One of the behind-the-scenes stars of the San Diego Padres’ remarkable 2020 season was bench coach Bobby Dickerson, who was born in and still resides in Laurel. Dickerson, who helped the Padres improve their infield defense en route to making the postseason for the first time in 14 years, has been named Baseball America’s Major League Coach of the Year. BA described Dickerson like this: “Big motor, no-nonsense, motivating personality, no fear, creative, dedicated and unselfish enough that he will move mountains just to help a player improve even a few degrees.” The 2020 season was Dickerson’s first with the Padres. He had a heart attack in May but was with the team when the season began in late July. Dickerson played college ball at Nicholls State and minor league ball for several years before becoming a coach and manager. He managed in the Southern League for four years at West Tenn (2002-05). He landed a big league coaching job with Baltimore in 2011 and spent eight years with the Orioles and one with Philadelphia before joining Jayce Tingler’s staff in San Diego. Dickerson’s son Dustin, who played at West Jones High, was Southern Miss’ starting shortstop in 2020. … Baseball America previously honored former Mississippi Braves star Freddie Freeman as its MLB player of the year and ex-M-Braves skipper Brian Snitker as the manager of the year.
From the Where Did the Time Go Dept.: Charlie Morton, who has signed with Atlanta for 2021, pitched for the Mississippi Braves in 2007, the Double-A club’s third year in Pearl. The 37-year-old right-hander is the lone player from any of those first three teams still in the majors. A somber reminder of what a fleeting thing a pro baseball career truly is. The ’07 M-Braves’ roster also included Jarrod Saltalamacchia, Matt Harrison, Jo-Jo Reyes, Brandon Jones, Joey Devine and Brent Lillibridge, among other future big leaguers. Managed by Phillip Wellman, the ’07 M-Braves made the Southern League playoffs for the first time. Morton was not a real standout that year, going 4-6 with a 4.29 ERA mostly as a reliever, but he did throw a gem in the playoffs. He debuted with Atlanta in 2008, then was traded the next year. Morton’s MLB career really didn’t take off until 2017, when he helped Houston win the World Series. He nearly won another ring with Tampa Bay this season. He can help the Braves in what likely will be his final season.
Eleven years ago today, Chris Coghlan became the first and so far only Mississippi native or college alumnus to win an MLB rookie of the year award. Coghlan, a former Ole Miss star, claimed the trophy with the Florida Marlins in 2009. He is one of only three Magnolia State natives or college alums to win one of baseball’s three big individual player awards. Grenada native Dave Parker won the National League MVP trophy in 1978, and Meridian Community College product Cliff Lee was the American League’s Cy Young Award winner in 2008. … Former Mississippi minor league players raked in a nice haul of awards this year, including former Mississippi Braves standout Freddie Freeman winning NL MVP and Biloxi Shuckers alum Devin Williams NL rookie of the year. Williams also won the league’s Trevor Hoffman Award as reliever of the year. Freeman won a Silver Slugger, as did M-Braves alum Ronald Acuna. Former M-Braves pitcher Max Fried and ex-Shuckers outfielder Trent Grisham, who plays for San Diego, picked up Gold Gloves. … Freeman is the first M-Braves product to win an MVP but not the first former Jackson area Double-A player to do so. Former Jackson Mets star Kevin Mitchell was NL MVP in 1989 with San Francisco, narrowly beating out former Mississippi State star and Giants teammate Will Clark. The M-Braves have produced two rookies of the year, Acuna in 2018 and Craig Kimbrel in 2011, and Jackson Mets alum Darryl Strawberry took that honor in 1983. Mike Scott, a former JaxMets pitcher, won the Cy Young Award in 1986.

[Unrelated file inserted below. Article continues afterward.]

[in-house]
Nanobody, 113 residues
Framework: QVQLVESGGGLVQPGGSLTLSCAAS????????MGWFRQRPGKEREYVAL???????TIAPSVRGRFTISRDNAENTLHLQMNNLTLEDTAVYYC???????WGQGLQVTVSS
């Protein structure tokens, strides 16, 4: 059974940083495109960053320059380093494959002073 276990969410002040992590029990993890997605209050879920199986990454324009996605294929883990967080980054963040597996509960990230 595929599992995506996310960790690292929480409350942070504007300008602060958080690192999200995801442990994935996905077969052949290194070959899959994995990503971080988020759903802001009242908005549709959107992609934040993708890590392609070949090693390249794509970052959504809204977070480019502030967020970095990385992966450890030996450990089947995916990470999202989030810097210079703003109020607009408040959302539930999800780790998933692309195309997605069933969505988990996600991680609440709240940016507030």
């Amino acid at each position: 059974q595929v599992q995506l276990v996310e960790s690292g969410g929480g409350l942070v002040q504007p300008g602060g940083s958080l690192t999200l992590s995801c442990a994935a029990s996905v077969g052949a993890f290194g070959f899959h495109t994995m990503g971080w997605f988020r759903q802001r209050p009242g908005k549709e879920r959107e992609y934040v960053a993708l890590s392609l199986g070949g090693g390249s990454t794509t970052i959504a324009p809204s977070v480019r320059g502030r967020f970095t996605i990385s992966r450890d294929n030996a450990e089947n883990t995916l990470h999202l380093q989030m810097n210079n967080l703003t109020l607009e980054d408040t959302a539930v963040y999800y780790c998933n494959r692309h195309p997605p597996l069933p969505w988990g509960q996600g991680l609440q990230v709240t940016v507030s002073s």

This was a no-brainer, really. Tim Anderson was the clear choice for the 2020 Cool Papa Bell Award, given here for the top performance by a Mississippian (native or college alum) in the major leagues. Former East Central Community College star Anderson, who also won the award in 2019, earned a Silver Slugger this season at shortstop in the American League, which, considering all the good players at that position, is quite an honor. In 49 games, Anderson batted .322 with 10 homers, 21 RBIs and a league-leading 45 runs. He helped the Chicago White Sox reach the postseason and went 9-for-14 in the wild card round. Anderson was the AL batting champion in 2019, a year when he also garnered a lot of attention for his demonstrative style, including some much-publicized bat flips. The White Sox have hired a new manager for 2021: Tony LaRussa, who is not just old at 76 but has a reputation as an old-school skipper. Anderson, for his part, said he won’t be constrained. “I won’t change my style, the way I play, for Tony. I will continue to be me,” he told reporters after winning the Silver Slugger award. We’ll see how that works out. … Previous winners of the Cool Papa Bell Award, which honors Negro Leagues legend Bell, the first Mississippi native to be enshrined in the National Baseball Hall of Fame, include Corey Dickerson (twice), Mitch Moreland, Brian Dozier (twice), Desmond Jennings, Lance Lynn, Cliff Lee, Roy Oswalt and Chris Coghlan. P.S. Kudos to Biloxi Shuckers alum Devin Williams on winning the National League Rookie of the Year award. He is the first relief pitcher to be named the loop’s top rookie since former Mississippi Braves star Craig Kimbrel in 2011.